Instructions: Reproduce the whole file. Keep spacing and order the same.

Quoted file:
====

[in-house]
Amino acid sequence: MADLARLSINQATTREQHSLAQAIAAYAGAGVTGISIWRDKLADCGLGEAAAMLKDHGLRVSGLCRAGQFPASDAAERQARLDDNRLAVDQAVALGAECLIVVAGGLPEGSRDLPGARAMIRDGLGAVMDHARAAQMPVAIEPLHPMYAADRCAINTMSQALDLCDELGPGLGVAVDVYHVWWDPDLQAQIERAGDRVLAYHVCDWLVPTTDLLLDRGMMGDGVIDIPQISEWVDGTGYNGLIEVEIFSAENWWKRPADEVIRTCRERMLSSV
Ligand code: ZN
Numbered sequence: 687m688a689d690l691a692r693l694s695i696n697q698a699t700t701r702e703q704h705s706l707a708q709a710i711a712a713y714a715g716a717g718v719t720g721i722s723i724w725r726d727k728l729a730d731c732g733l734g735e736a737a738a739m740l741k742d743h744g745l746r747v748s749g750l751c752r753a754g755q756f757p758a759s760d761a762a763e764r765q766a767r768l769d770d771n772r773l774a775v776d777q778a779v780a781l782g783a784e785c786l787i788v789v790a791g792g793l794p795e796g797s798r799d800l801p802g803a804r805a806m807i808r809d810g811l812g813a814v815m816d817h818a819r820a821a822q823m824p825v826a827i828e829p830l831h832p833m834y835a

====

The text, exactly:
[in-house]
Amino acid sequence: MADLARLSINQATTREQHSLAQAIAAYAGAGVTGISIWRDKLADCGLGEAAAMLKDHGLRVSGLCRAGQFPASDAAERQARLDDNRLAVDQAVALGAECLIVVAGGLPEGSRDLPGARAMIRDGLGAVMDHARAAQMPVAIEPLHPMYAADRCAINTMSQALDLCDELGPGLGVAVDVYHVWWDPDLQAQIERAGDRVLAYHVCDWLVPTTDLLLDRGMMGDGVIDIPQISEWVDGTGYNGLIEVEIFSAENWWKRPADEVIRTCRERMLSSV
Ligand code: ZN
Numbered sequence: 687m688a689d690l691a692r693l694s695i696n697q698a699t700t701r702e703q704h705s706l707a708q709a710i711a712a713y714a715g716a717g718v719t720g721i722s723i724w725r726d727k728l729a730d731c732g733l734g735e736a737a738a739m740l741k742d743h744g745l746r747v748s749g750l751c752r753a754g755q756f757p758a759s760d761a762a763e764r765q766a767r768l769d770d771n772r773l774a775v776d777q778a779v780a781l782g783a784e785c786l787i788v789v790a791g792g793l794p795e796g797s798r799d800l801p802g803a804r805a806m807i808r809d810g811l812g813a814v815m816d817h818a819r820a821a822q823m824p825v826a827i828e829p830l831h832p833m834y835a